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AMD Readies Radeon RX 640, an RX 550X Re-brand

One of our readers discovered an interesting entry in the INF file of AMD's Adrenalin 19.4.3 graphics drivers. It includes two instances of "Radeon RX 640," and has the same device ID as the Radeon RX 550X from the current generation. The branding flies in the face of reports suggesting that with its next-generation "Navi" GPUs, AMD could refresh its client-segment nomenclature to follow the "Radeon RX 3000" series, but it's possible that the RX 600 series was carved out to re-brand the existing "Polaris" based low-end chips one step-down (i.e. RX 550X re-branding as RX 640, RX 560 possibly as RX 650, etc.).

The move to create the RX 600 series could also be driven by AMD's need to contain all "Navi" based SKUs in the RX 3000 series, and re-branded "Polaris" based ones in the RX 600, so that, at least initially, consumers aren't led to believe they're buying a re-branded "Polaris" SKU opting for an RX 3000-series graphics card. It's also possible that AMD may not create low-end chips based on "Navi" initially, and focus on the performance-segment with the highest sale volumes among serious gamers, the $200-400 price-range. Based on the 14 nm "Lexa" silicon, the RX 550X is equipped with 640 stream processors, 32 TMUs, 16 ROPs, and 2 GB of GDDR5 memory across a 128-bit wide memory bus. Given the performance gains expected from Intel's Gen11 "Ice Lake" iGPU and AMD's own refreshed "Picasso" APU, the RX 640 could at best be a cheap iGPU replacement for systems that lack it.
Image Credit: Just Some Noise (TechPowerUp Forums)

PowerColor Shows Off New Thunderbolt 3 eGPU Enclosures at CES 2019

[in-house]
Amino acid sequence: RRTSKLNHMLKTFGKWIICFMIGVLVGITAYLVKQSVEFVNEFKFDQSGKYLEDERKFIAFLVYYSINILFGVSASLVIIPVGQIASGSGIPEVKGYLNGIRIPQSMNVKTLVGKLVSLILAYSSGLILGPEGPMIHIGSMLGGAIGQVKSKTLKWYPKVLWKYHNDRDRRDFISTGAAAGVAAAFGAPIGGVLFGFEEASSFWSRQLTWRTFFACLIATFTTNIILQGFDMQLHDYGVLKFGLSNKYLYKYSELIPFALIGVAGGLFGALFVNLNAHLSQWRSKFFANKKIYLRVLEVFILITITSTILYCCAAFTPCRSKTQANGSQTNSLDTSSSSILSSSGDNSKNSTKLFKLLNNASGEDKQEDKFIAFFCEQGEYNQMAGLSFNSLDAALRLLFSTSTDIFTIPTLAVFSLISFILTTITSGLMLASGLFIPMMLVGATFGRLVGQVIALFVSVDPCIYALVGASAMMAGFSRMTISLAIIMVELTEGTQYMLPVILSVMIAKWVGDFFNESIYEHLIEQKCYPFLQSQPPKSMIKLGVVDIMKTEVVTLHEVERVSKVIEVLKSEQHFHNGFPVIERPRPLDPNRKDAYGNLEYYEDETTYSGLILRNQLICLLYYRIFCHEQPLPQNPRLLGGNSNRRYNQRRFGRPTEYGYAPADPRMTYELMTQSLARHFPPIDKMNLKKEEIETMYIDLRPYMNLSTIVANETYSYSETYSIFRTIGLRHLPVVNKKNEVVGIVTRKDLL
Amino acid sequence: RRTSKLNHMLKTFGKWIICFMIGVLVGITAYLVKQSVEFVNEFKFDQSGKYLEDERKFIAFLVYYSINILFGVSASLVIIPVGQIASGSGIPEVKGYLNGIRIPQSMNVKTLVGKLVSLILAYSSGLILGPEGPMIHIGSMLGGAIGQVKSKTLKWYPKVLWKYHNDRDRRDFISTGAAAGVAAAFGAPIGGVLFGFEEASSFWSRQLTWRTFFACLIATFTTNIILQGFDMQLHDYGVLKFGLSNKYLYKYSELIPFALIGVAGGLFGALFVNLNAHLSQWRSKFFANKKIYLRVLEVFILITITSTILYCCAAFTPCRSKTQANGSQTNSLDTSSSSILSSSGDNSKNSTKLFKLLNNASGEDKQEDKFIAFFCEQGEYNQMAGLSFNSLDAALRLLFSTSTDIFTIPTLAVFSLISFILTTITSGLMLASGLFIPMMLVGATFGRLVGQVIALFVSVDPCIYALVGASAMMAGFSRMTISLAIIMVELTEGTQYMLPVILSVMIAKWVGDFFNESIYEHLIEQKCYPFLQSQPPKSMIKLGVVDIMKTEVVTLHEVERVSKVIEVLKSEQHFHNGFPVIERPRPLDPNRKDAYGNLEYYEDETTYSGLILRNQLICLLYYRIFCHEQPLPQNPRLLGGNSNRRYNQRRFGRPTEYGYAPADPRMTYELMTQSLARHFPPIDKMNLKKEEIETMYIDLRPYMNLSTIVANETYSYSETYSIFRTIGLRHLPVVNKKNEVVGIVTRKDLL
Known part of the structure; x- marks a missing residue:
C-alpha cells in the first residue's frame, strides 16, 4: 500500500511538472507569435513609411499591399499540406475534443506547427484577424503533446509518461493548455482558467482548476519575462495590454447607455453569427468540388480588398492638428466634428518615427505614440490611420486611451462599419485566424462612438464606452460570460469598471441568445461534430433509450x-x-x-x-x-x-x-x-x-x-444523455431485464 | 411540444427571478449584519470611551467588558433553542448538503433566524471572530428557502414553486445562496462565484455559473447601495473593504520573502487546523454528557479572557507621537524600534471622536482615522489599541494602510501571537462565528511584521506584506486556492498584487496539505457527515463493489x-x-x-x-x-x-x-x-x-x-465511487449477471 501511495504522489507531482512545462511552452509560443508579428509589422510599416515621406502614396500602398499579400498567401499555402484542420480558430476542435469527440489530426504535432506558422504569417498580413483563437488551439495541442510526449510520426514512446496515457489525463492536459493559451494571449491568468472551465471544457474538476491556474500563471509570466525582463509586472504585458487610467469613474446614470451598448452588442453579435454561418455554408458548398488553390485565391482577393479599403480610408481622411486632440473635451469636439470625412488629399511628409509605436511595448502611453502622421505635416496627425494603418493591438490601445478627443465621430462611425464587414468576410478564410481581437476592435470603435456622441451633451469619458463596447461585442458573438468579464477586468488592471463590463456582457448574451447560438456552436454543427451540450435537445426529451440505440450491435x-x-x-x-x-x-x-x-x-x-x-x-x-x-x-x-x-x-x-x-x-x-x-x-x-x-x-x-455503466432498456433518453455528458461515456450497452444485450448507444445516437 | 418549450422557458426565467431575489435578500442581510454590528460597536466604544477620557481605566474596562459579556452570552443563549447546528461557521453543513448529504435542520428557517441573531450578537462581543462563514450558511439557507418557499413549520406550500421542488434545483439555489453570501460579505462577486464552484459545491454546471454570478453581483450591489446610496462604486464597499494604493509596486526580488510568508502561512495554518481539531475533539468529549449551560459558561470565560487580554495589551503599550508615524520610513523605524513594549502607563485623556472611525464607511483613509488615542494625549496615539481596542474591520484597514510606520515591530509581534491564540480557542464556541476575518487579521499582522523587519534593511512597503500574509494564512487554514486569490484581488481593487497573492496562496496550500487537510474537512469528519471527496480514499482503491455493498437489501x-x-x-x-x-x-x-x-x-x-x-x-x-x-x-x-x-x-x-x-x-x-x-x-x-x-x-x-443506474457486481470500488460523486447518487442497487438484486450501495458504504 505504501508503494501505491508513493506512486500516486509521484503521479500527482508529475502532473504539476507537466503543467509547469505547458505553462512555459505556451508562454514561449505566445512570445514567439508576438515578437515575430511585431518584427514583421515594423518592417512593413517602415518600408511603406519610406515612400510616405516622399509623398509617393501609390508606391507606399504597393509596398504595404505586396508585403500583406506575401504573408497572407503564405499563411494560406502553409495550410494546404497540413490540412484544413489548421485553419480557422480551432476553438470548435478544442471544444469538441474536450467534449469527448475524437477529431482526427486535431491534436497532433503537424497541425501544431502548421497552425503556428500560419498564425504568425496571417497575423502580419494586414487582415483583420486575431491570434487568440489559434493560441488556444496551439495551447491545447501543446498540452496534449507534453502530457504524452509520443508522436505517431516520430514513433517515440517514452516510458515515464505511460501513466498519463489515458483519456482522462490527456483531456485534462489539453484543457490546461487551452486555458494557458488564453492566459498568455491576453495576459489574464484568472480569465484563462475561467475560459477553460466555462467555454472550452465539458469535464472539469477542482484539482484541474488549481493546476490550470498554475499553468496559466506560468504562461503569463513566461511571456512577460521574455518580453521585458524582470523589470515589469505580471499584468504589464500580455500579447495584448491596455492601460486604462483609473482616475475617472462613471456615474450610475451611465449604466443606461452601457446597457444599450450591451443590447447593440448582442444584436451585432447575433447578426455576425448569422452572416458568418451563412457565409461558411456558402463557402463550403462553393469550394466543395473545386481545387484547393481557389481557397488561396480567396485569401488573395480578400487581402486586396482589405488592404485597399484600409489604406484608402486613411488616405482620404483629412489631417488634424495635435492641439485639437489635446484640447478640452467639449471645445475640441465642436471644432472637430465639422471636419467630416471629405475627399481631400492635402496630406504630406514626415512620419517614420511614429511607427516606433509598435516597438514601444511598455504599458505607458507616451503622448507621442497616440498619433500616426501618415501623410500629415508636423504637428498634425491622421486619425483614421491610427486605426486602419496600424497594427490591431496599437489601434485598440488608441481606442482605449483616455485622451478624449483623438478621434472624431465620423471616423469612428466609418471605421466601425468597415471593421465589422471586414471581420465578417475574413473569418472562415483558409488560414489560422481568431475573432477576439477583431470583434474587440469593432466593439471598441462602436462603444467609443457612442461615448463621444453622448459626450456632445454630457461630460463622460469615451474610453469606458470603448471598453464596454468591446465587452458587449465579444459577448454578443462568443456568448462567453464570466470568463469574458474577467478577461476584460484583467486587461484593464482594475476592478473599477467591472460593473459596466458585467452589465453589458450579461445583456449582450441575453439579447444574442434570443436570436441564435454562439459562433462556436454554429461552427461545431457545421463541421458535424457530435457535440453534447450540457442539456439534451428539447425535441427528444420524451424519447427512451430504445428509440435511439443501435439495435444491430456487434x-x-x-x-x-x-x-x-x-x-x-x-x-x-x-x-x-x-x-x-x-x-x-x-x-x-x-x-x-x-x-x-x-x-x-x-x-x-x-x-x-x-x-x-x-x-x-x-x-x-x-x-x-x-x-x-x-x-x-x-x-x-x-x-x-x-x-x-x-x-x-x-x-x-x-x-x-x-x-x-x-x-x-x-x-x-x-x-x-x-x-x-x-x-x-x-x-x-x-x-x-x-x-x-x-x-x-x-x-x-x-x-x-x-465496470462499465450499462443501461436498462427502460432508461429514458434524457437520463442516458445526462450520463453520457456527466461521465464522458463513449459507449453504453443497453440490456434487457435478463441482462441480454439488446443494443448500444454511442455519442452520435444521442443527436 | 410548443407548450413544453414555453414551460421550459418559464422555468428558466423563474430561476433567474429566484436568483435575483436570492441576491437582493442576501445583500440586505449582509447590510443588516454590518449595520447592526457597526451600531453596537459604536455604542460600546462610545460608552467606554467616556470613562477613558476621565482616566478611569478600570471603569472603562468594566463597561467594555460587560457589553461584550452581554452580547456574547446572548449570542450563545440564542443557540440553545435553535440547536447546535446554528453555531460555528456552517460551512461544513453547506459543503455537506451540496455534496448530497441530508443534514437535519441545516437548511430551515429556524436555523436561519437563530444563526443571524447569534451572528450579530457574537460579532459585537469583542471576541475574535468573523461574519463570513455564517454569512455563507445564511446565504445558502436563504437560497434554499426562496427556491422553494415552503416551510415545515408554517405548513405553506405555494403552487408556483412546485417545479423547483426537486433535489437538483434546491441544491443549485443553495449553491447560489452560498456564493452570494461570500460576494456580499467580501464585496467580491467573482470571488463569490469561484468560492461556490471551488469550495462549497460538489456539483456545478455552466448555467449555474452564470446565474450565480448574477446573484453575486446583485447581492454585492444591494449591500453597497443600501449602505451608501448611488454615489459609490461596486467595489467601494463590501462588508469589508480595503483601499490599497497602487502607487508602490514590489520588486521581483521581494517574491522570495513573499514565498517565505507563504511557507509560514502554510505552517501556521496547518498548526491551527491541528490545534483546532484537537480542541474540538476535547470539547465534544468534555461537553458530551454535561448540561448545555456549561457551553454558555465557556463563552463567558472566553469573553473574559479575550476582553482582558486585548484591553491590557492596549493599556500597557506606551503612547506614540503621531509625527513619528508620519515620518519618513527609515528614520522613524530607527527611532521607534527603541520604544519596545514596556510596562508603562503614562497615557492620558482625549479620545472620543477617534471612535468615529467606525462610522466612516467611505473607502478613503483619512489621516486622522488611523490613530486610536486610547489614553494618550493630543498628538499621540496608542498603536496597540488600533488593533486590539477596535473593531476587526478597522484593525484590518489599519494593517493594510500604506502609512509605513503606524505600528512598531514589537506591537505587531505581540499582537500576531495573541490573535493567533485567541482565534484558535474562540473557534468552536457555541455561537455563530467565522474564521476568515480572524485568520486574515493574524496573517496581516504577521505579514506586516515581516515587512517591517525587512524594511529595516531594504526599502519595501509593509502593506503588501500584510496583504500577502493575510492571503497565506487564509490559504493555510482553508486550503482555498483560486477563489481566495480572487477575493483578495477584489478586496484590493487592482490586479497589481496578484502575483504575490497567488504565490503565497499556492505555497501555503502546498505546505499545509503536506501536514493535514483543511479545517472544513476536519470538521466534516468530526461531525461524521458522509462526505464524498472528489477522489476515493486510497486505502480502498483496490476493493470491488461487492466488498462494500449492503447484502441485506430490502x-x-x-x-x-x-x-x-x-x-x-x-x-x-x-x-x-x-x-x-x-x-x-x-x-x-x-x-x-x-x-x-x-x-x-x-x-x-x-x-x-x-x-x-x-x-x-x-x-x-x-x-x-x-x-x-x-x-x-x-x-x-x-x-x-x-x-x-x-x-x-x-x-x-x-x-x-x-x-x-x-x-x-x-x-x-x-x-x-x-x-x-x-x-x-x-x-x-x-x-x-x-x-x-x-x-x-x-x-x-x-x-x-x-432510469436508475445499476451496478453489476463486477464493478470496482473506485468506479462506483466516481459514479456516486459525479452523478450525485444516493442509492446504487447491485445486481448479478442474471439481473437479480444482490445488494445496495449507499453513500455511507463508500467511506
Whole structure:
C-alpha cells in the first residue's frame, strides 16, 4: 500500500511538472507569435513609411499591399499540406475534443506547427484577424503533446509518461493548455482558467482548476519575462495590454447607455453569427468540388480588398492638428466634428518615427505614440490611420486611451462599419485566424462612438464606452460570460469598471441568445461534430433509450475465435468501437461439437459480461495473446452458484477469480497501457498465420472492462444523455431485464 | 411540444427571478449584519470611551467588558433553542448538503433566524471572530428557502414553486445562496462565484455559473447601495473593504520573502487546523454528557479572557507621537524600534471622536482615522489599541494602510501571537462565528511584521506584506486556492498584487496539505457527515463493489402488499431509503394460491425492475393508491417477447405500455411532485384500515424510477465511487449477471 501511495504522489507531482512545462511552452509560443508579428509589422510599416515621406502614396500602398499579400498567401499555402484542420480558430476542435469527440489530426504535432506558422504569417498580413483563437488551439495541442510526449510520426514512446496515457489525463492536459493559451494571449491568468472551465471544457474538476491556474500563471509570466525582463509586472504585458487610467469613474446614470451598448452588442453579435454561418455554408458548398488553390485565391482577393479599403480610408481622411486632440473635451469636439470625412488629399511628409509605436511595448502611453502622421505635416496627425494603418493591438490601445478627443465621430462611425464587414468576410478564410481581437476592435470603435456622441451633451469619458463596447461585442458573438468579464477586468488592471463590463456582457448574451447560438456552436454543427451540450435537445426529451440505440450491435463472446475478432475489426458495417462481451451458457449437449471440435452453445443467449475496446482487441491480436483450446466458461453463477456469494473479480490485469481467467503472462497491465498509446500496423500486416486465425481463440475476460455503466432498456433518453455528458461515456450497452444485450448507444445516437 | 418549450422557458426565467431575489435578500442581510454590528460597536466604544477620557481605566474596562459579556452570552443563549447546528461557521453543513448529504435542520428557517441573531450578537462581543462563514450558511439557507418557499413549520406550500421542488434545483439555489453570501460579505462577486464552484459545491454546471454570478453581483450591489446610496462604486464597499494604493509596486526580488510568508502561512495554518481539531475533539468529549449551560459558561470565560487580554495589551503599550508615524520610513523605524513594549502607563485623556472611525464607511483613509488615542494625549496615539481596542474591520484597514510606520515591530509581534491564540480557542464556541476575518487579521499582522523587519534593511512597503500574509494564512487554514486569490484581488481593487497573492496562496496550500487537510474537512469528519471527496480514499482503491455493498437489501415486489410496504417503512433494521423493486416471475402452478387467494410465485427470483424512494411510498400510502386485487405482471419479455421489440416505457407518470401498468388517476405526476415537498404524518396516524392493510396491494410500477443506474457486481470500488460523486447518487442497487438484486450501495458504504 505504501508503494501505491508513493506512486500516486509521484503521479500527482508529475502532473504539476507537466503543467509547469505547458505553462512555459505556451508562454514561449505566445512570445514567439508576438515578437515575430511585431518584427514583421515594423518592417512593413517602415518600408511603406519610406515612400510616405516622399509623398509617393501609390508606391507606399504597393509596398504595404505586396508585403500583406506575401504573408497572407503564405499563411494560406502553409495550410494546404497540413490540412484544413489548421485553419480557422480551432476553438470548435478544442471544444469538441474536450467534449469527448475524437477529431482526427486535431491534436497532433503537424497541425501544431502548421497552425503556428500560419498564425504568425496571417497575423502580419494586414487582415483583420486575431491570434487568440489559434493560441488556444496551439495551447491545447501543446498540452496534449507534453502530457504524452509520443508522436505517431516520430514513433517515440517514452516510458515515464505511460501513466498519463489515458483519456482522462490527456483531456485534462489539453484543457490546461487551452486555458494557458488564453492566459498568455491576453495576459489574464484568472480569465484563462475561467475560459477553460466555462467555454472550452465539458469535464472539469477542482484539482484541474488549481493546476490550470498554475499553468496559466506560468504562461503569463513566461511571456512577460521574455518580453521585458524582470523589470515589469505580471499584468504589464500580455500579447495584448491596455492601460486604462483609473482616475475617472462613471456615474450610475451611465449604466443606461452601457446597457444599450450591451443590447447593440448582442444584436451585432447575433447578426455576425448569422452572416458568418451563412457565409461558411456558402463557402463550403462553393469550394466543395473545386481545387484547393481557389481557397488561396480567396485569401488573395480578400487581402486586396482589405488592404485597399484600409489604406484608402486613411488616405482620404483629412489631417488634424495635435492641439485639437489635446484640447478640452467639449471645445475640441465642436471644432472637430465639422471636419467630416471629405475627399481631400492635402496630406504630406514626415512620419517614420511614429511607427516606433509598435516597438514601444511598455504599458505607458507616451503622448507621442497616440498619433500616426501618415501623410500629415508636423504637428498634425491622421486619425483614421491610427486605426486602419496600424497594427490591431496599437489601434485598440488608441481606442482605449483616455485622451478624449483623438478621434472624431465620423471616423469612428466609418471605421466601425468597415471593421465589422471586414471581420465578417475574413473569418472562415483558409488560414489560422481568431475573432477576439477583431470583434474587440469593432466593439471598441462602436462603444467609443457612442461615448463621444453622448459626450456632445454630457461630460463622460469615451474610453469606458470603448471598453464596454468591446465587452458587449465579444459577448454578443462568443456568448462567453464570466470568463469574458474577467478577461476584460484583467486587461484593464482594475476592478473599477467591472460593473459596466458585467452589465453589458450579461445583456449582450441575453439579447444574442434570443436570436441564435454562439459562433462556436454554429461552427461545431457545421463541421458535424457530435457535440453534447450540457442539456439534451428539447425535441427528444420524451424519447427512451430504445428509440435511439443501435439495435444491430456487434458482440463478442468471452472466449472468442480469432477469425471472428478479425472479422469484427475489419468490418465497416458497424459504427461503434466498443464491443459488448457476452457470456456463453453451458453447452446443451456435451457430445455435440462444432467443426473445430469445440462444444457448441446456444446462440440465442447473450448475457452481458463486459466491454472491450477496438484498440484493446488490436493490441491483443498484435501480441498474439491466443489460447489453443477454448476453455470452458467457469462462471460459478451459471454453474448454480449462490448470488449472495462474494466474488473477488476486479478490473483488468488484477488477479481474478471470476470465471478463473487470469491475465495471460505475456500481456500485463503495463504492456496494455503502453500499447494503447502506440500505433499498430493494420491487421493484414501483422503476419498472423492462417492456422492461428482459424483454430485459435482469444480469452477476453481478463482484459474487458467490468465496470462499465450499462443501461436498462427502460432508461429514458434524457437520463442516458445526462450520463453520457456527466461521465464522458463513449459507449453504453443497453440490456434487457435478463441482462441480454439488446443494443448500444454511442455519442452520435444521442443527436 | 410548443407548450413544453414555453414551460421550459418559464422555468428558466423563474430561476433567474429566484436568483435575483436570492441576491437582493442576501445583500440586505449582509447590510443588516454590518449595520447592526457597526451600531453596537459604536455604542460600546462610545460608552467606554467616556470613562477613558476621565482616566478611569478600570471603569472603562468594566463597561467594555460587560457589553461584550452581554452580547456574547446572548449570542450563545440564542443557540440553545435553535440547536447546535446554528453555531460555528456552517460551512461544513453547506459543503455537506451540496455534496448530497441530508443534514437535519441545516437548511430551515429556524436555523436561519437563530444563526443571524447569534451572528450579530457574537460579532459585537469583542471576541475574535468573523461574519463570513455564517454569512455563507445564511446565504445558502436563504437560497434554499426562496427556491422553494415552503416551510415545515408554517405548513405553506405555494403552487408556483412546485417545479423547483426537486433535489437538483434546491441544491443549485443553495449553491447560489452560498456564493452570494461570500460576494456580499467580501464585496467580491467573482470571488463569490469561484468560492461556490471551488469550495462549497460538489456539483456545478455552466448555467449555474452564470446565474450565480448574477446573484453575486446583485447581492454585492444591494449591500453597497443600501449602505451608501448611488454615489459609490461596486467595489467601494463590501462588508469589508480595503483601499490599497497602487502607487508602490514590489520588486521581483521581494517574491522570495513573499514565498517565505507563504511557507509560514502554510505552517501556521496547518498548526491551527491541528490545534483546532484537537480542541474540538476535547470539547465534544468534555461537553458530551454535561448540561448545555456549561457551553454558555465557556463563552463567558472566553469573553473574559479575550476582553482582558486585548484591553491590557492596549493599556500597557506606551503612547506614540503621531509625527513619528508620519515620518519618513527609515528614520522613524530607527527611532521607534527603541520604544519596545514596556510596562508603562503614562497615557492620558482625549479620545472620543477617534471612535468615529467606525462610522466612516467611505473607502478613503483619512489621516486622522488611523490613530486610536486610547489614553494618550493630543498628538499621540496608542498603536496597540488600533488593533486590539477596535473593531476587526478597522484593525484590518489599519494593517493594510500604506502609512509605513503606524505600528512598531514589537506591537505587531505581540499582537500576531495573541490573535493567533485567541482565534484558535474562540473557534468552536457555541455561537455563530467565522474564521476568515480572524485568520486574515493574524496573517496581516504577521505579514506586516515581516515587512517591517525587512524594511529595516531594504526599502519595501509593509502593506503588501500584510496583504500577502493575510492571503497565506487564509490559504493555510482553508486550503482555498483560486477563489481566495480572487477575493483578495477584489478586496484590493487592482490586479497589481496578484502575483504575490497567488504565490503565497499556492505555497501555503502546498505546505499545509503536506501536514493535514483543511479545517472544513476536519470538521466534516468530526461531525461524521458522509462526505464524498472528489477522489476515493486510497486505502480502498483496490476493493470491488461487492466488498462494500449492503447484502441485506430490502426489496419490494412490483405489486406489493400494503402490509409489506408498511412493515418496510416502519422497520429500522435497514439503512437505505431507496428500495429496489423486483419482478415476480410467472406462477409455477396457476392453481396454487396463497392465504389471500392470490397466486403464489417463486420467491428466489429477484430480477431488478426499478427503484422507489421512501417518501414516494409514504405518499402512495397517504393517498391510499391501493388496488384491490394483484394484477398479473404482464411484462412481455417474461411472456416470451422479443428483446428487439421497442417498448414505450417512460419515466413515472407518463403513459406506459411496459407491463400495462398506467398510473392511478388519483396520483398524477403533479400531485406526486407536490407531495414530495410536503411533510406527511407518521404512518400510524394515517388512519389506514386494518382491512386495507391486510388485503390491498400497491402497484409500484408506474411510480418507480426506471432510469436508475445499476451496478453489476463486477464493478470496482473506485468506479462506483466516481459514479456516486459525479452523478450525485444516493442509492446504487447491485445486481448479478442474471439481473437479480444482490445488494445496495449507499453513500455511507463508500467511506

While at CES 2019 we had the opportunity to visit with PowerColor who were showing off their latest external GPU enclosures including the TBX-180/240FU, and the TBX-750FA. Starting with the TBX-750FA this external GPU enclosure uses a Thunderbolt 3 (40Gbps) connection and has a 750-watt internal power supply. Due to the size of not only the enclosure but the power supply as well, graphics cards measuring up to 335 x 170 x 58 mm (13.18 x 6.69 x 2.28 inches). When you factor in maximum GPU power is rated at 500-watts pretty much any GPU on the market should work with this enclosure like a cat with a box if it fits it sits. Connectivity options consist of the 1x Thunderbolt 3 port for connection to the host system, 1x Gigabit Ethernet, 5x USB 3.0 (3 up front, 2 in back), 1x SD 4.0, and finally 1x SATA. Overall the enclosure measures in at 359 x 179 x 198 mm and supports Windows 10 and MacOS 10.13.4 or later.

ASUS Announces Ryzen-powered TUF Gaming FX505DY and FX705DY Gaming Notebooks

ASUS today announced TUF Gaming FX505DY and TUF Gaming FX705DY, a pair of gaming laptops powered by the latest AMD Ryzen 5 3550H processor, with up to 32GB of RAM, and a range of storage options. This new platform is paired with discrete Radeon graphics tightly coupled to vivid FreeSync displays. Slim bezels frame the NanoEdge displays to further enhance immersion and shrink the overall footprint, while the reinforced chassis help the machines survive everyday life. Intelligently designed and carefully built, FX505DY and FX705DY balance performance, battery life, and affordability to provide a better gaming experience.

AMD's Ryzen processors have taken desktops by storm, and TUF Gaming laptops lead the deployment of the newest version. Otherwise known as Picasso, this 2nd Gen Ryzen Mobile APU is built with industry-leading 12 nm technology. The Ryzen 5 3550H chip powering FX505DY and FX705DY boasts four cores and eight threads that deliver capable performance for popular games and everyday work. Multithreaded performance is particularly strong, yet the processor fits into a 35W power envelope that doesn't compromise battery life.

AMD Rolls Out Radeon Software Adrenalin 18.7.1

AMD today rolled out the latest version of Radeon Software Adrenalin. Version 18.7.1 drivers come with optimization for "Earthfall," with up to 28 percent more performance measured on Radeon RX Vega 56 and up to 28 percent more performance to be had on the RX 580 8 GB, at 1440; and up to 27 percent higher performance measured at 1080p, on the RX 560 4 GB.